It’s also essential to give your dog all the vitamins they need. Feed them a healthy diet – yes, that can include fruit and vegetables! Although, be careful, because certain foods can be fatal for dogs.
If you worry that your pal isn’t getting all the nutrients he needs, and you don’t know how to feed them to him (or perhaps they’re a fussy eater), you can give it to them in supplement form! Look to a reputable pet brand who make multivitamin supplements for dogs, to help boost their overall health and vitality.
Dental hygiene in dogs is often overlooked, but it's actually incredibly important for their overall health! Dogs do a lot with their mouths, which means foreign objects and bacteria can get into their systems, causing further health problems.
The more direct risk is oral cancer. Cleanliness can’t necessarily keep your dog’s mouth 100% safe from mouth cancer, but the more often you brush it, the more aware you are of changes such as tumours appearing. Keep an eye on their gums, lips, and pallet.
Spaying a female pet will eliminate the possibility of uterine or ovarian cancer, and help decrease the likelihood of breast cancer. Neutering male pets will reduce the chance of getting prostate cancer. It’s thought that spaying and neutering can give your dog a higher chance for longer and healthier life!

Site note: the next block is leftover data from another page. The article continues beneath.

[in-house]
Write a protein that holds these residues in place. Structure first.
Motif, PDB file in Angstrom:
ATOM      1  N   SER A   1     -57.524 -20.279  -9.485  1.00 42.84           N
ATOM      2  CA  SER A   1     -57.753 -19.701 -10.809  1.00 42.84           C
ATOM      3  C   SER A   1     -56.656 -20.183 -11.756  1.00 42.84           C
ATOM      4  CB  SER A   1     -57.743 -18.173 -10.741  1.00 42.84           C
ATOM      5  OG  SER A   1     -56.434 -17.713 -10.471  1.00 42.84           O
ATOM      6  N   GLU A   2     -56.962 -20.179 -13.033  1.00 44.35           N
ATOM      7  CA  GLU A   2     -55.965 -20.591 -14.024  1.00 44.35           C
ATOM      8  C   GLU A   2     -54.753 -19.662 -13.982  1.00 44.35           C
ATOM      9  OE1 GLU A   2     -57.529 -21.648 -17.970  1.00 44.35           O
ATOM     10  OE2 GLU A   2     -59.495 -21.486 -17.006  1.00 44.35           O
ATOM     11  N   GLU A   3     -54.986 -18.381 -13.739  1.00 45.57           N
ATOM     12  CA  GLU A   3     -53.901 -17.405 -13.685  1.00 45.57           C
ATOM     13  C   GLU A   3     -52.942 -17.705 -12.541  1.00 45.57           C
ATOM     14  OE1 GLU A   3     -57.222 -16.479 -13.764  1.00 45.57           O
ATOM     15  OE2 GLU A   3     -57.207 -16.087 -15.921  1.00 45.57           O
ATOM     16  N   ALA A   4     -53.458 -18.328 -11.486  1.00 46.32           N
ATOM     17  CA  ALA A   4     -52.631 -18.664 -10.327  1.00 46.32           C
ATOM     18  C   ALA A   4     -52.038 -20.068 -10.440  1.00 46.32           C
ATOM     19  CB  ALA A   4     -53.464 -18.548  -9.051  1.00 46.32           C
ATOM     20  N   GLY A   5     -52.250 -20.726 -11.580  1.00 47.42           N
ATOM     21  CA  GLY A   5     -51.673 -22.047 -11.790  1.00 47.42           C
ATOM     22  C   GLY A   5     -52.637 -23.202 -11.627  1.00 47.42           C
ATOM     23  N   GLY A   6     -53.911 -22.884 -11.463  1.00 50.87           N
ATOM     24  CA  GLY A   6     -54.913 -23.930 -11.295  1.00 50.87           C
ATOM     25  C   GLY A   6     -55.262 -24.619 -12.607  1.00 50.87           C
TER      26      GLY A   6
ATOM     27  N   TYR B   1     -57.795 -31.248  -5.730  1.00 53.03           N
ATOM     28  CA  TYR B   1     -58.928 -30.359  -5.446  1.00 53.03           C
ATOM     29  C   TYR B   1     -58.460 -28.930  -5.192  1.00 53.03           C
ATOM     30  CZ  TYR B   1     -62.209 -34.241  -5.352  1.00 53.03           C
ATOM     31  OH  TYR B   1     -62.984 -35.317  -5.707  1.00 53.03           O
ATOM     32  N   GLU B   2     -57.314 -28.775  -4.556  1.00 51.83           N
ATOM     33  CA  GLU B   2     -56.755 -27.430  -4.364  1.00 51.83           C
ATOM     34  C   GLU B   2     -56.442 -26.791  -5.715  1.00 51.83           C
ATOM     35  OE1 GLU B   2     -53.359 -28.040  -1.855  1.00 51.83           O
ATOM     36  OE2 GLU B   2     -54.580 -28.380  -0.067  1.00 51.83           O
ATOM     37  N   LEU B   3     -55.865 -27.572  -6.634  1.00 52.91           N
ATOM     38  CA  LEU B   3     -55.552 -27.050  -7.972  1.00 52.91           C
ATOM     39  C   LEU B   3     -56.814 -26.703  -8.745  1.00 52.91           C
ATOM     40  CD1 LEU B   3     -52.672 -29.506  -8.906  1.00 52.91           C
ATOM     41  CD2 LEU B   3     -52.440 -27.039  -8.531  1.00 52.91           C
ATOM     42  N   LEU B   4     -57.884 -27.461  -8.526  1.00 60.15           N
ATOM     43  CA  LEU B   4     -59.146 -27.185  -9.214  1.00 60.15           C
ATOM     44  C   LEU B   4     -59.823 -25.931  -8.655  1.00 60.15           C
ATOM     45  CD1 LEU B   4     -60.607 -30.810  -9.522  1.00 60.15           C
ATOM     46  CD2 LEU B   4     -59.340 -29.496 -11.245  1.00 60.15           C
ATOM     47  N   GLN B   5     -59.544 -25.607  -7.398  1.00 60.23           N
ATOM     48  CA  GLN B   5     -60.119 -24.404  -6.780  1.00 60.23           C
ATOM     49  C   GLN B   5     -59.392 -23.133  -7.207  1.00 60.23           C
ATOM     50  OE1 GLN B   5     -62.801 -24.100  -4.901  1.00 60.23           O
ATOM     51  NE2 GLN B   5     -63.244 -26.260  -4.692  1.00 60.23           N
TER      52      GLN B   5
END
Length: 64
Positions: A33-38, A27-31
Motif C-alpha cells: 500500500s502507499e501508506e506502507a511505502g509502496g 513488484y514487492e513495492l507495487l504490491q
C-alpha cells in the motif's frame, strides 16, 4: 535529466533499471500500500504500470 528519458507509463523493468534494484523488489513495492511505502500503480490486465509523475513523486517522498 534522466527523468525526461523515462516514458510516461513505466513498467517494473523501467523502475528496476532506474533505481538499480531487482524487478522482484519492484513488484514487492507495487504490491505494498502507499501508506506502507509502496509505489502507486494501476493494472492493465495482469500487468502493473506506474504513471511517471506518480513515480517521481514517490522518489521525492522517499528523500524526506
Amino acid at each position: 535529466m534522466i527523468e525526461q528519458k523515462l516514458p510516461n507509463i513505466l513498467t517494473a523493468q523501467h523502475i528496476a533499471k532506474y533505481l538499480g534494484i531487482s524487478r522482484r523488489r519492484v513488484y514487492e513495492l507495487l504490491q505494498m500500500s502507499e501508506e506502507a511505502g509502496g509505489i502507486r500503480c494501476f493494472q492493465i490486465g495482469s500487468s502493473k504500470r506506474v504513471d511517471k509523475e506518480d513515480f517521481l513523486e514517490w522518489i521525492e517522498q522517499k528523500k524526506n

Cancer is sadly unpreventable, but looking for the signs early on is the best way to give your pup a chance at surviving the disease. Especially as your dog gets older, look out for the symptoms listed here, and never be afraid to ask your veterinarian for a health check if you’re unsure! If you find that your dog has been diagnosed with cancer, it’s up to you and your vet to decide what’s best for your dog. Treatment can be traumatic for both you and your dog, so make sure you make the right decision.